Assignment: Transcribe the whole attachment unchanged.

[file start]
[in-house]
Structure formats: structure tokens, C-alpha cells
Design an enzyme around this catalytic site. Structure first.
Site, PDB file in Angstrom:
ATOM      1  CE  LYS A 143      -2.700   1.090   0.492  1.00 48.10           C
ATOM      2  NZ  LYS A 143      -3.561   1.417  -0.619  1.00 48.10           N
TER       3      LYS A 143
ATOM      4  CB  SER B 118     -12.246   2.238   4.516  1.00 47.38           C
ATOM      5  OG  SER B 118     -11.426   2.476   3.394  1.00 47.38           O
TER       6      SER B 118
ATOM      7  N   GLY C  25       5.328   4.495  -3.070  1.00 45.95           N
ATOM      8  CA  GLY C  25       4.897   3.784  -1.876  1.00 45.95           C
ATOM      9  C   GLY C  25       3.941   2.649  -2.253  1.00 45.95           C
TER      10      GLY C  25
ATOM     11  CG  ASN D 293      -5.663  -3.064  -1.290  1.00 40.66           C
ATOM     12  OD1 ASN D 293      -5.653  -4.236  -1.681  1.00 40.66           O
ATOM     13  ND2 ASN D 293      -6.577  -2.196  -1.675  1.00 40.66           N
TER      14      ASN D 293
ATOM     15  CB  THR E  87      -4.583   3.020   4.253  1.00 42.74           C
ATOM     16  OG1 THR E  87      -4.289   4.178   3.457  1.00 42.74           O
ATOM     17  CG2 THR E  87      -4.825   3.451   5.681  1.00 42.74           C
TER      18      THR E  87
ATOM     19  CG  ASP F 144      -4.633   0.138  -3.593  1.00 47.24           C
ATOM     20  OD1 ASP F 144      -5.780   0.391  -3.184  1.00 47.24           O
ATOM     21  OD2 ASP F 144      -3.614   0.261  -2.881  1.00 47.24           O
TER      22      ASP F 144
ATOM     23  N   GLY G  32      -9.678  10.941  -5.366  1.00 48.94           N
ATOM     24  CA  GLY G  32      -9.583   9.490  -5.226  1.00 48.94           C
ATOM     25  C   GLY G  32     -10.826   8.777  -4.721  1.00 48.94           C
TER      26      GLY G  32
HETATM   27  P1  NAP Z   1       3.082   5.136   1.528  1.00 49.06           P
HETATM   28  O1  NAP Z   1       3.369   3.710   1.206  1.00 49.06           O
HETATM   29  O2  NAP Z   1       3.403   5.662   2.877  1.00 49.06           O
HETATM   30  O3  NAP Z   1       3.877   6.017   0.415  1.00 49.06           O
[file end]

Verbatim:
[in-house]
Structure formats: structure tokens, C-alpha cells
Design an enzyme around this catalytic site. Structure first.
Site, PDB file in Angstrom:
ATOM      1  CE  LYS A 143      -2.700   1.090   0.492  1.00 48.10           C
ATOM      2  NZ  LYS A 143      -3.561   1.417  -0.619  1.00 48.10           N
TER       3      LYS A 143
ATOM      4  CB  SER B 118     -12.246   2.238   4.516  1.00 47.38           C
ATOM      5  OG  SER B 118     -11.426   2.476   3.394  1.00 47.38           O
TER       6      SER B 118
ATOM      7  N   GLY C  25       5.328   4.495  -3.070  1.00 45.95           N
ATOM      8  CA  GLY C  25       4.897   3.784  -1.876  1.00 45.95           C
ATOM      9  C   GLY C  25       3.941   2.649  -2.253  1.00 45.95           C
TER      10      GLY C  25
ATOM     11  CG  ASN D 293      -5.663  -3.064  -1.290  1.00 40.66           C
ATOM     12  OD1 ASN D 293      -5.653  -4.236  -1.681  1.00 40.66           O
ATOM     13  ND2 ASN D 293      -6.577  -2.196  -1.675  1.00 40.66           N
TER      14      ASN D 293
ATOM     15  CB  THR E  87      -4.583   3.020   4.253  1.00 42.74           C
ATOM     16  OG1 THR E  87      -4.289   4.178   3.457  1.00 42.74           O
ATOM     17  CG2 THR E  87      -4.825   3.451   5.681  1.00 42.74           C
TER      18      THR E  87
ATOM     19  CG  ASP F 144      -4.633   0.138  -3.593  1.00 47.24           C
ATOM     20  OD1 ASP F 144      -5.780   0.391  -3.184  1.00 47.24           O
ATOM     21  OD2 ASP F 144      -3.614   0.261  -2.881  1.00 47.24           O
TER      22      ASP F 144
ATOM     23  N   GLY G  32      -9.678  10.941  -5.366  1.00 48.94           N
ATOM     24  CA  GLY G  32      -9.583   9.490  -5.226  1.00 48.94           C
ATOM     25  C   GLY G  32     -10.826   8.777  -4.721  1.00 48.94           C
TER      26      GLY G  32
HETATM   27  P1  NAP Z   1       3.082   5.136   1.528  1.00 49.06           P
HETATM   28  O1  NAP Z   1       3.369   3.710   1.206  1.00 49.06           O
HETATM   29  O2  NAP Z   1       3.403   5.662   2.877  1.00 49.06           O
HETATM   30  O3  NAP Z   1       3.877   6.017   0.415  1.00 49.06           O